Physical Education and the New Zealand Curriculum: Maximising the Opportunity

Article excerpt

Abstract

Curriculum revisions and other Ministry of Education initiatives implemented over the past two decades have drastically changed schooling in New Zealand. In particular, the 1999 release of Health and Physical Education in the New Zealand (Ministry of Education, 1999) required significant shifts in both teachers' thinking and practices of school-based Physical Education. While many teachers made these shifts, others did not, and now, nearly ten years on, teachers have another curriculum to contend with - The New Zealand Curriculum (Ministry of Education, 2007). In this paper I briefly discuss some of the challenges and promises that Health and Physical Education in the New Zealand Curriculum (Ministry of Education, 1999) has afforded before interrogating the possibilities yielded and those arguably 'lost' for Physical Education in the recently released New Zealand Curriculum. I conclude by suggesting that the 2007 curriculum document does not necessarily advance the cause of Physical Education nor address the deficiencies of the 1999 Health and Physical Education in the New Zealand Curriculum in ways that it might have.

Key Words: physical education; New Zealand curriculum; Health and Physical Education in the New Zealand curriculum; pedagogy

Introduction

In 2007 the Ministry of Education released The New Zealand Curriculum (NZC) (Ministry of Education, 2007). For teachers of Physical Education, this new curriculum emerged almost a decade after the release of Health and Physical Education in the New Zealand Curriculum (Ministry of Education, 1999) - a document that required a substantial shift in both the thinking and practice of Physical Education in schools (Culpan, 2000). As one of the writers of this 1999 curriculum, I would consider it most regrettable if Physical Education had missed an opportunity to extend and push ahead with new and fresh thinking, capture new directions, address problems evident in Health and Physical Education in the New Zealand Curriculum (NZHPE) (Ministry of Education, 1999), and provide and articulate a bolder and stronger futurist voice.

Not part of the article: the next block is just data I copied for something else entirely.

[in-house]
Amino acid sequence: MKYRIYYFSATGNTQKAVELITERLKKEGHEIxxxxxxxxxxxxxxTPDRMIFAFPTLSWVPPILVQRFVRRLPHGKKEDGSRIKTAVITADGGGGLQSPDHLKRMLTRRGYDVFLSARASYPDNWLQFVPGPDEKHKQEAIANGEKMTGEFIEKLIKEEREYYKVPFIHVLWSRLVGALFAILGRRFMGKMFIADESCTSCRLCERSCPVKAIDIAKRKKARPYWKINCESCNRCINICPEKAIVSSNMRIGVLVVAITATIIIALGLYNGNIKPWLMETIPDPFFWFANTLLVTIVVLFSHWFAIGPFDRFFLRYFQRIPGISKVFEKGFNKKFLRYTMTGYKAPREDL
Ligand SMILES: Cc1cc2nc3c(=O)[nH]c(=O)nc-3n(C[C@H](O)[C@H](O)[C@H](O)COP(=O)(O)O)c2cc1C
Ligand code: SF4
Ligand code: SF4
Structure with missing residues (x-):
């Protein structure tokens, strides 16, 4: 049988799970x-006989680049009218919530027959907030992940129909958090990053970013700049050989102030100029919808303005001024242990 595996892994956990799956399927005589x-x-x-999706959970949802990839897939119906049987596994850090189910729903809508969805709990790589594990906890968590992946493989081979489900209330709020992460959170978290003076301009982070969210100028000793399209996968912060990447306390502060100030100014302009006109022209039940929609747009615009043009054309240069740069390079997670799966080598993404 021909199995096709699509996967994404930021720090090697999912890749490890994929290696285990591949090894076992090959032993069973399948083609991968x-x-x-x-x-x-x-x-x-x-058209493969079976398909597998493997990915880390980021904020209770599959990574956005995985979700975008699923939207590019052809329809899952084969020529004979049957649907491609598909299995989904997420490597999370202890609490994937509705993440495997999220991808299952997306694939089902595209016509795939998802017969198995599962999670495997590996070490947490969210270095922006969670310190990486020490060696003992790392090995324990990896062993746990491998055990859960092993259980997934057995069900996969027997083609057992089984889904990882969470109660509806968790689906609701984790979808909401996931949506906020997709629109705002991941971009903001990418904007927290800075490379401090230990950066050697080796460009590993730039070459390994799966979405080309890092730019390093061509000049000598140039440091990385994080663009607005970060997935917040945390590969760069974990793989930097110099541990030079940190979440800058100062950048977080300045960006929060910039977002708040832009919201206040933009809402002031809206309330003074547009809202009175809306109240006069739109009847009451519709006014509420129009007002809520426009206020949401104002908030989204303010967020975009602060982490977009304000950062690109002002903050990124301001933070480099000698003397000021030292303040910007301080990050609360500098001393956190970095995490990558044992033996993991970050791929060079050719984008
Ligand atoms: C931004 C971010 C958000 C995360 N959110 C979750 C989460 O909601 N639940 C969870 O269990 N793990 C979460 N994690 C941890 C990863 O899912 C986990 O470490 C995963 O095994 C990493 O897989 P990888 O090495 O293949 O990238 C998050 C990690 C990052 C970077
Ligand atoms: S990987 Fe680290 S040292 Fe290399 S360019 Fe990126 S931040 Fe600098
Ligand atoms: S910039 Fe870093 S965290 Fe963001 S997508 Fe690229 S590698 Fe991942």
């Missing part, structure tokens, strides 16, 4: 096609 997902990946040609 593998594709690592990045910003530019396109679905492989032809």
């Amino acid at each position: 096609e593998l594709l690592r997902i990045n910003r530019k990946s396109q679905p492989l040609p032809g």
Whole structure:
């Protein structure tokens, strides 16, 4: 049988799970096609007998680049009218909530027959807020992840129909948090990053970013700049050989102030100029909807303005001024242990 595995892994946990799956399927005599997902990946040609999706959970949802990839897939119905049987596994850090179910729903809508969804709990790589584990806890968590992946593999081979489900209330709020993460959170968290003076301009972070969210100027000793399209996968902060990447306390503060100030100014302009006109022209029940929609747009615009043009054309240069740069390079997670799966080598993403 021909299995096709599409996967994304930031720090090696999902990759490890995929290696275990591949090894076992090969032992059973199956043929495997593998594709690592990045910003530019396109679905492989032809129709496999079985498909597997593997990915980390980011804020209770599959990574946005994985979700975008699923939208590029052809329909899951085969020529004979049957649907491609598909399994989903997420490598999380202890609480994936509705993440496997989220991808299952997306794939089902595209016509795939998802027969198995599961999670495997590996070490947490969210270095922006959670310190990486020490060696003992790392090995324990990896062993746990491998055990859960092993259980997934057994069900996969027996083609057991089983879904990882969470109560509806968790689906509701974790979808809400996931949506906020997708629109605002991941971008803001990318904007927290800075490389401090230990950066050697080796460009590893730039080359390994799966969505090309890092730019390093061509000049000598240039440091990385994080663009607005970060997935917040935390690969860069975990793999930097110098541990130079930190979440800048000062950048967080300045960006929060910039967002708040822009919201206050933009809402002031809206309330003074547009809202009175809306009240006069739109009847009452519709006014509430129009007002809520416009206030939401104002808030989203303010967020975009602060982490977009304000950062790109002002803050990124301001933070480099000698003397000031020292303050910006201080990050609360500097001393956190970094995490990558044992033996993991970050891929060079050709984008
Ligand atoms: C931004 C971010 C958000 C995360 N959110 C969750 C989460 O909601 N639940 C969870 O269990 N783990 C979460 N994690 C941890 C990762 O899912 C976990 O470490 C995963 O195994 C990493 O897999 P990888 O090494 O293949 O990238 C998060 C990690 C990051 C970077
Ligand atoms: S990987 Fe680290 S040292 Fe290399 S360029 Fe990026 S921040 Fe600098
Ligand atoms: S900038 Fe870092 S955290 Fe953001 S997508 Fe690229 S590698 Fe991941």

The purpose of this article is to examine the extent to which the above-outlined opportunities have been addressed. To begin, I briefly map the key aims of the 1999 Health and Physical Education in the New Zealand Curriculum (NZHPE) and trace some of the developments that have influenced teachers' capacity to realise its potential. Next, I assess the relative merits of the newly released The New Zealand Curriculum (NZC). I suggest that, while there are certainly positive aspects to this curriculum, there were significant opportunities in its development to advance the field of Physical Education that were not taken. To conclude, I claim that the profession may have lost an invaluable opportunity to revise and rework the curriculum in ways that remedy the deficiencies of the prior document.

Background

In 1999 NZHPE was released after a prolonged gestation period. Since the release of this document, a number of scholars have contributed to commentaries associated with its development, its worthiness, and its critique (Bruce and Culpan, 2005; Burrows, 2005, 2004, 2002; Burrows and Wright, 2001; Culpan, 2005, 2004, 2000,1996; Culpan and Bruce, 2007; Education Forum, 1998; Gatman, 2005; Hokowhitu, 2004, 2004a; Lind, 1997; Ross, 1998; Ross and Burrows, 2003; Salter, 2000, 2000a; Wright, 2004). While it is not my intention to review the arguments contained within these scholarly commentaries, I do wish to suggest that the discussions, debates, seminars, professional development programmes, conferences, and other symposia throughout New Zealand emerging after the NZHPE curriculum's release can usefully be regarded as manifestations of Macdonald's metaphor relating to curriculum development. As she puts it:

Curriculum change can be likened to when a stone or tree branch hits the iron roof of a chook house. …